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Moscow's ex-chief rabbi warns of growing pressures fraying Russia's Jewish community


It's been nearly six months since Russia's invasion of Ukraine, and we're going to spend this next part of the program hearing two very different voices of protest against Vladimir Putin's Russia. First, we turn to a leader in Russia's Jewish community who has fled the country. Rabbi Pinchas Goldschmidt moved to Russia as the Soviet Union was crumbling to build up the Jewish community that had been suppressed under Soviet rule. And as Moscow's chief rabbi for almost 30 years, he became one of Russia's most influential Jewish figures. But then, two weeks after Russia launched its war on Ukraine, Rabbi Goldschmidt and his wife packed two suitcases and quietly fled the country. Now he's speaking out about his decision to leave. Last week, I spoke with Rabbi Goldschmidt about why he left and what the war has meant for Russia's Jewish community.

On February 24, you woke up in Moscow to the news of Russia's invasion of Ukraine. And two weeks later, you left. Can you describe those two weeks?

PINCHAS GOLDSCHMIDT: It was like waking up in a different city, in a different country. So this was not Moscow anymore. It's not - it wasn't Moscow as we knew it. We received reports of - daily of mass arrests and new decrees and new laws which - the closing of all - the remnant of independent media and the most prominent members of civil society, who were not totally connected to government, just leaving the country. And then we saw the West uniting around Zelenskyy and Ukraine and then the start of this avalanche of sanctions against Russia. So all this basically told us that we live in a new situation and totally new Russia.

ESTRIN: You've said that there was pressure on religious leaders to publicly support the invasion. Describe the kind of pressure that you were under.

GOLDSCHMIDT: I think that across the board, the government expected civil society, as well as everyone, openly to support the war.

ESTRIN: And how about you? What kind of messages did you receive personally, as chief rabbi of Moscow?

GOLDSCHMIDT: What I understood - that while in the past, it was possible just to - by refraining from dealing with politics in general, was - it was possible to continue to administer Jewish community, to lead a religious life and with schools and synagogues. I understood that in this new reality, this changed reality, the government is going to demand much more from everyone who is still in an official leadership position in the community.

ESTRIN: So was it something that you - was it something implied, or did you get a direct message from any leadership?

GOLDSCHMIDT: We received direct messages, and we decided initially that we not going to support the war in the leadership, but we're not going to criticize the war either in order not to get the community into trouble. But as time progressed and I realized that keeping quiet in such circumstances is morally wrong when you have thousands - tens of thousands of Jewish refugees and millions of refugees who have to leave their homes and their hometowns - and to keep quiet would be morally not defensible. So my wife and I, we decided that we - while we cannot talk and speak up while we are still inside Russia, we are going to leave Russia, and we're going to actually help the refugees.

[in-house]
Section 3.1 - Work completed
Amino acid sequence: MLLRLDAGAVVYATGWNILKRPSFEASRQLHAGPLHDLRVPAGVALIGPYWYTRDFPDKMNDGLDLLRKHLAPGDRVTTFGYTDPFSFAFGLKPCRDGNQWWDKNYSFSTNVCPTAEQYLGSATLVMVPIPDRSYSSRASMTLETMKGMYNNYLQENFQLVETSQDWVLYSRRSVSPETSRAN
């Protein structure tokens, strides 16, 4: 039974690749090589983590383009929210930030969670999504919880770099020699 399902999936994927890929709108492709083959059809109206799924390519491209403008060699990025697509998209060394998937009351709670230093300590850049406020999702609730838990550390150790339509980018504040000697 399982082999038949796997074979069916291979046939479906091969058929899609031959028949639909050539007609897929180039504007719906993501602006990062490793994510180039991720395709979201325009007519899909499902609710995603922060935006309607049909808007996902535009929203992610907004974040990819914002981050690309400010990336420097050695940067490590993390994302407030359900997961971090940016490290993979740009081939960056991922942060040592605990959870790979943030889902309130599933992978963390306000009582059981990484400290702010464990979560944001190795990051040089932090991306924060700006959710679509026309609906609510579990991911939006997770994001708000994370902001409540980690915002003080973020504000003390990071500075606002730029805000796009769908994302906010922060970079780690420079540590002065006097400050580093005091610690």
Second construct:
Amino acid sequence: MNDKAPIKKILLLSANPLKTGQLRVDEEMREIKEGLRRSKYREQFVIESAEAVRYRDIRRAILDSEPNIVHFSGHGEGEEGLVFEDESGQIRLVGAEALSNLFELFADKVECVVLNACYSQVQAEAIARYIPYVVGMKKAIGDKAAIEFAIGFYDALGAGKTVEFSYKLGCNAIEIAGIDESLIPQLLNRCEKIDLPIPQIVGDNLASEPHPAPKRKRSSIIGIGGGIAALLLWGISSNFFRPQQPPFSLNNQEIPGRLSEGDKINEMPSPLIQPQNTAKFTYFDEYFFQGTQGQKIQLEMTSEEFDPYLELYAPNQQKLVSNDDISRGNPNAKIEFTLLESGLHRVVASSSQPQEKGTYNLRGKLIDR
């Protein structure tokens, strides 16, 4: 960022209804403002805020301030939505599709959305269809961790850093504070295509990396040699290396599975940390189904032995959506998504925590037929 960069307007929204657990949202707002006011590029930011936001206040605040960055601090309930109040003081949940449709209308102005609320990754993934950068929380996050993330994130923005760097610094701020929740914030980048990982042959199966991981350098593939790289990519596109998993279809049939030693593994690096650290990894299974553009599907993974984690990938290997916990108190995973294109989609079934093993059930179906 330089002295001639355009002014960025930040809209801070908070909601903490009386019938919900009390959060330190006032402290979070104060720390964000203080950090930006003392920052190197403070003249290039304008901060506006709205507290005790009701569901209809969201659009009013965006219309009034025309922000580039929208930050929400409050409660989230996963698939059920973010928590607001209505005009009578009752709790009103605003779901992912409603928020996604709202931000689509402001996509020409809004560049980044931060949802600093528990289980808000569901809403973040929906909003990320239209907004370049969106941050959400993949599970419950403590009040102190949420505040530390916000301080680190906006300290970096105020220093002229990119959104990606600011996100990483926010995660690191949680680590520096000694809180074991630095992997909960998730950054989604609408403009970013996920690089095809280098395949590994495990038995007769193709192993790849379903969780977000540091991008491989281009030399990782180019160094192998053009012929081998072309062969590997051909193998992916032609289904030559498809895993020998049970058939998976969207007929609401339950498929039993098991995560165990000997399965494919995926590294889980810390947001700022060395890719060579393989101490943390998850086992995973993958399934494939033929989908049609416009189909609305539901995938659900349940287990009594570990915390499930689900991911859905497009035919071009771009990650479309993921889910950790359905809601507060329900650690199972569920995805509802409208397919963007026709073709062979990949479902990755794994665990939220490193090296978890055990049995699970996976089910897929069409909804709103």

ESTRIN: So just to clarify, you received a direct message from the Kremlin expecting you...

GOLDSCHMIDT: The community received messages. The community received direct messages. And...

ESTRIN: From the Russian leadership, expecting you to...


ESTRIN: ...To support the war.


ESTRIN: And the initial decision of the Jewish community was not to say anything.

GOLDSCHMIDT: That's right.

ESTRIN: And then you changed your mind.

GOLDSCHMIDT: Right. This was a personal decision, this decision which took some time to come to. And I understood that - and as the war went on and became more and more terrible, I decided that the time has come for me to speak up.

ESTRIN: Rabbi, our conversation is airing on Tisha B'Av, which is the Jewish day of mourning. It's a day of fasting. It's a day that marks many calamities that Jews have faced throughout history. If you were still in Moscow at your synagogue and you were able to speak openly and freely on this day, what would you tell your congregation?

GOLDSCHMIDT: When I went with my wife to visit refugees in Hungary - in Budapest a few months ago, an elderly lady approached us and said that she is from Kyiv. She left Kyiv with just one suitcase a few days ago. And in Kyiv, she's the owner of a big factory manufacturing tiles. And she said, rabbi, I want to ask you a question. I said, yeah, what is your question? She says, why did God do this? I replied - I said, you know, God has not explained it to me in his last phone call why he allowed this war to happen. But I want to tell you one thing, is that the first commandment, which was issued to the first Hebrew - to Abraham, the father of all the Abrahamic religions - was (speaking Hebrew) - just go. Go to the land I promised, to the land I will show you.

To be a Jew means to be able to pack your bags from one day to the next and move on. And no matter in what dire situation we found ourselves, we were able always to move on and to rebuild. And we're not only crying over the past, we're rebuilding for the future. And that's our strength as Jewish people.

ESTRIN: That's Rabbi Pinchas Goldschmidt, chief rabbi of Moscow, who has resigned from his role after nearly three decades and left Russia in protest of its war on Ukraine. Rabbi Goldschmidt, thank you so, so much for agreeing to speak with us.

GOLDSCHMIDT: Daniel, thank you very much for inviting me to speak on NPR. Transcript provided by NPR, Copyright NPR.

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